Risk Insider: Andrew Bent

Assuming Rationality Is Probably Irrational

By: | August 29, 2016 • 3 min read

Andrew Bent is the Manager of the Alberta Energy Regulator’s Enterprise Risk Management Team. He leads the enterprise risk practice for the AER, and supports operational risk management activities. The views expressed in this article are those of the author, and not necessarily of the employer. He can be reached at [email protected]

How often do we assume the people required to make decisions under pressure will do so logically, calmly and in a consistent way?  How often do we design critical risk controls and processes that require a rational, thinking mind to execute them?  How often do we get surprised when this doesn’t happen?

The answer: probably more often than we should.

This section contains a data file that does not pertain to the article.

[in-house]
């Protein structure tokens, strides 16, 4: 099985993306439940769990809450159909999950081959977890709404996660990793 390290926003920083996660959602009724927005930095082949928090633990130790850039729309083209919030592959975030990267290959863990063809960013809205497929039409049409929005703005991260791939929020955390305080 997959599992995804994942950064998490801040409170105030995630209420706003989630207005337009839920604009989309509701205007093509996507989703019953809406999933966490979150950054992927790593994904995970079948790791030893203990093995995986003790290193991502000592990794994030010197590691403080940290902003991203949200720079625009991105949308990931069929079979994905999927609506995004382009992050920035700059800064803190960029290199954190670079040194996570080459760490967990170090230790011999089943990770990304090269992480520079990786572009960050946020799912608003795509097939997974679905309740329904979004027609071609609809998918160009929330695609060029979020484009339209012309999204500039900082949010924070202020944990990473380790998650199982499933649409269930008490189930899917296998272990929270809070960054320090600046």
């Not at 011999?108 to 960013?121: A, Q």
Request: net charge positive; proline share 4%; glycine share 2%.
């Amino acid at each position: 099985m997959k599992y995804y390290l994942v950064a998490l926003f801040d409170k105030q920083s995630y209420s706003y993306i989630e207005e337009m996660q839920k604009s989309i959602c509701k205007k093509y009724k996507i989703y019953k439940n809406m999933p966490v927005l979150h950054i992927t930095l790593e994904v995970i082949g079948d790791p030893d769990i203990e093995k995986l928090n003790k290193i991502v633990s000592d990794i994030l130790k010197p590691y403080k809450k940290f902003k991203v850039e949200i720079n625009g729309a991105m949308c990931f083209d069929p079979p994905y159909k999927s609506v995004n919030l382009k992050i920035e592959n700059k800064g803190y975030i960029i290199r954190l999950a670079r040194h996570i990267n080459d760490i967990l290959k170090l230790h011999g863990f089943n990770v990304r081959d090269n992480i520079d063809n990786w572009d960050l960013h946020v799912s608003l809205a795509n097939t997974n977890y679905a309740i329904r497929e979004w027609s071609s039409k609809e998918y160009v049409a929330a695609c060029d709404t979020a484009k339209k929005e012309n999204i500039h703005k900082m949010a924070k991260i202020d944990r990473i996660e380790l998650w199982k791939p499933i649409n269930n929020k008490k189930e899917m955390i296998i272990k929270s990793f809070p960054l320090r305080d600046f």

Let’s imagine for a moment that we wanted to model the behaviour of a pinball as it rocketed around the table. In theory, you could predict how the ball would bounce off the flippers, bumpers and spinners using not much more than basic high school physics and math.

In reality, each interaction of the ball with a table component creates a dizzying array of input variables for the next interaction. We would likely throw up our hands in despair and proclaim that the movement of the ball was beyond our ability to model with any degree of certainty.

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Yet, if you watched a pinball wizard at work you would see that it is exactly their mastery of these interactions that makes them so effective – a flick here, a bump there, and the unpredictably of the balls seems to have vastly diminished.

So how does this relate to our opening questions? It comes down to our willingness to truly understand the complexity in our systems, including the effect of irrational decision making by those people we entrust with our organizational resources.   The challenge for the risk manager if they try to model irrational behaviour is often incredibly complex – far more so than the modelling of a pinball.